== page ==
Data presented here with this new scoring system verify its ease of use, its responsiveness over time, and its fitness for the purpose of measuring disease-influencing elements deemed associated with ARC. Therefore it can be recommended as a standard in future clinical trials on AIT products for the treatment of ARC.
      Clinical implications
      Data presented in this article demonstrate the efficacy and safety of this liquid SLIT product in patients with birch allergy with rhinoconjunctivitis with or without asthma based on EAACI recommended end points.
      The authors acknowledge medical writing and editorial support for the preparation of this article from Bernd Renner, which was funded by HAL Allergy B.V., Leiden, The Netherlands . Moreover, we thank Annemie Narkus for her helpful review of the final draft of this manuscript. The authors thank all the patients and investigators of this study.

      Supplementary data

      References

        • Bousquet J.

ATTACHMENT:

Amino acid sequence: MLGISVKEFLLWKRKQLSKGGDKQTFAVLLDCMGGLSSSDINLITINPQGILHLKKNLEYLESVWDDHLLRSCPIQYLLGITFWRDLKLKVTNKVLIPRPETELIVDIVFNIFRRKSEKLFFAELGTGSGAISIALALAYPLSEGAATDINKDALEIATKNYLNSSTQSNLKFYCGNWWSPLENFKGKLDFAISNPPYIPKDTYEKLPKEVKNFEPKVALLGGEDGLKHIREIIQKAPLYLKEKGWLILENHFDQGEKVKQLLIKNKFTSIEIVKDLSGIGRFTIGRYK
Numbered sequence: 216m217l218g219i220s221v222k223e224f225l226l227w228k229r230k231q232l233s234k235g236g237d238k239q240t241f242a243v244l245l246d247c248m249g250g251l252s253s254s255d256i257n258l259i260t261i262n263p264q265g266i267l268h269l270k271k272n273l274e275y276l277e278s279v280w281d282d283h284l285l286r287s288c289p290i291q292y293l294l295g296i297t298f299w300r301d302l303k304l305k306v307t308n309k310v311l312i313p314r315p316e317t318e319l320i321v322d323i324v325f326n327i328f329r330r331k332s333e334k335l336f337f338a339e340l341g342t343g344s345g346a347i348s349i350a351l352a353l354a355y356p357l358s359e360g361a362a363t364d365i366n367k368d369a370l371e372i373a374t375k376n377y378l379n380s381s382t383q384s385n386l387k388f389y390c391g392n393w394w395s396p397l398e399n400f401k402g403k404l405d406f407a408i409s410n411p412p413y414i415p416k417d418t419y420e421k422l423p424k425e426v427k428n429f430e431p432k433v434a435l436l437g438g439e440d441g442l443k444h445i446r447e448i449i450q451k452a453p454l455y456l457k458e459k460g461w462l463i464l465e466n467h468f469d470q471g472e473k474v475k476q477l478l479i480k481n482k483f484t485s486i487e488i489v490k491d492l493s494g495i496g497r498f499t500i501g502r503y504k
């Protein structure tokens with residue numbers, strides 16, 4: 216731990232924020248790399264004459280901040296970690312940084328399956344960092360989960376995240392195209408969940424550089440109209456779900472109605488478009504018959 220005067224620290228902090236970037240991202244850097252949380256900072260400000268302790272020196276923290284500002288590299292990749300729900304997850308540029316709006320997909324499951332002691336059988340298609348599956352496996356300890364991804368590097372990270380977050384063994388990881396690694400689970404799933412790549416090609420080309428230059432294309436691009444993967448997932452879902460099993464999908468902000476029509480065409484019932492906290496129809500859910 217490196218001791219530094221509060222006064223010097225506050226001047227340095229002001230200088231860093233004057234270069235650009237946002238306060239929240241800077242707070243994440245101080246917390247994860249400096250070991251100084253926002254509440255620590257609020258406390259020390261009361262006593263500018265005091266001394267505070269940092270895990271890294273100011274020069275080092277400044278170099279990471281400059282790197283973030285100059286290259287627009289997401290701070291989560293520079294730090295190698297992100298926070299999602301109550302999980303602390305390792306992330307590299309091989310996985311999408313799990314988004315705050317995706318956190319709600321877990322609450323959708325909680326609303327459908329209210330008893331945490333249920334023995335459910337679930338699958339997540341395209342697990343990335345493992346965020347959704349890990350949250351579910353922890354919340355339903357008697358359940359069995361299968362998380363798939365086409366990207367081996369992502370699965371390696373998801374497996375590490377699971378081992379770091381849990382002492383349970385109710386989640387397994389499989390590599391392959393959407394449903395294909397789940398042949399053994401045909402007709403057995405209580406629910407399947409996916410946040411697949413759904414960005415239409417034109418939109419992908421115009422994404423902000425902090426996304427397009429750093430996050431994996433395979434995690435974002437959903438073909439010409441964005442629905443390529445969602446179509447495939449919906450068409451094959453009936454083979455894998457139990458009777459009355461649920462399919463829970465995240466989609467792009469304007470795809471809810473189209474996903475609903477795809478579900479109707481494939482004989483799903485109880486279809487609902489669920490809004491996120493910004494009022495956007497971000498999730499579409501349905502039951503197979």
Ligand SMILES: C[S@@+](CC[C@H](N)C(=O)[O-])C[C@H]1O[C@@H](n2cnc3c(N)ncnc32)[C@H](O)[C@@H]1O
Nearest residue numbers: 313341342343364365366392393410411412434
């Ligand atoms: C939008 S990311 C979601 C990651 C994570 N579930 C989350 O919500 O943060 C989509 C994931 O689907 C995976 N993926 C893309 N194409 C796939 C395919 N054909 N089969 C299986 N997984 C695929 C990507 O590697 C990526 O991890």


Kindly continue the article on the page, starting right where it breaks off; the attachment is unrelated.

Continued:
• Khaltaev N.
        • Cruz A.A.
        • Denburg J.
        • Fokkens W.J.
        • Togias A.
        • et al.
        Allergic Rhinitis and its Impact on Asthma (ARIA) 2008 update (in collaboration with the World Health Organization, GA(2)LEN and AllerGen).
        Allergy. 2008; 63: 8-160
        • Canonica G.W.
        • Bousquet J.
        • Mullol J.
        • Scadding G.K.
        • Virchow J.C.
        A survey of the burden of allergic rhinitis in Europe.
        Allergy. 2007; 62: 17-25
        • Bacharier L.B.
        • Boner A.
        • Carlsen K.H.
        • Eigenmann P.A.
        • Frischer T.
        • Gotz M.
        • et al.
        Diagnosis and treatment of asthma in childhood: a PRACTALL consensus report.
        Allergy. 2008; 63: 5-34
        • Burgess J.A.
        • Walters E.H.
        • Byrnes G.B.
        • Matheson M.C.
        • Jenkins M.A.
        • Wharton C.L.
        • et al.
        Childhood allergic rhinitis predicts asthma incidence and persistence to middle age: a longitudinal study.
        J Allergy Clin Immunol. 2007; 120: 863-869
        • Schmitt J.
        • Schwarz K.
        • Stadler E.
        • Wustenberg E.G.
        Allergy immunotherapy for allergic rhinitis effectively prevents asthma: results from a large retrospective cohort study.
        J Allergy Clin Immunol. 2015; 136: 1511-1516
        • Bousquet P.J.
        • Bachert C.
        • Canonica G.W.
        • Casale T.B.
        • Mullol J.
        • Klossek J.M.
        • et al.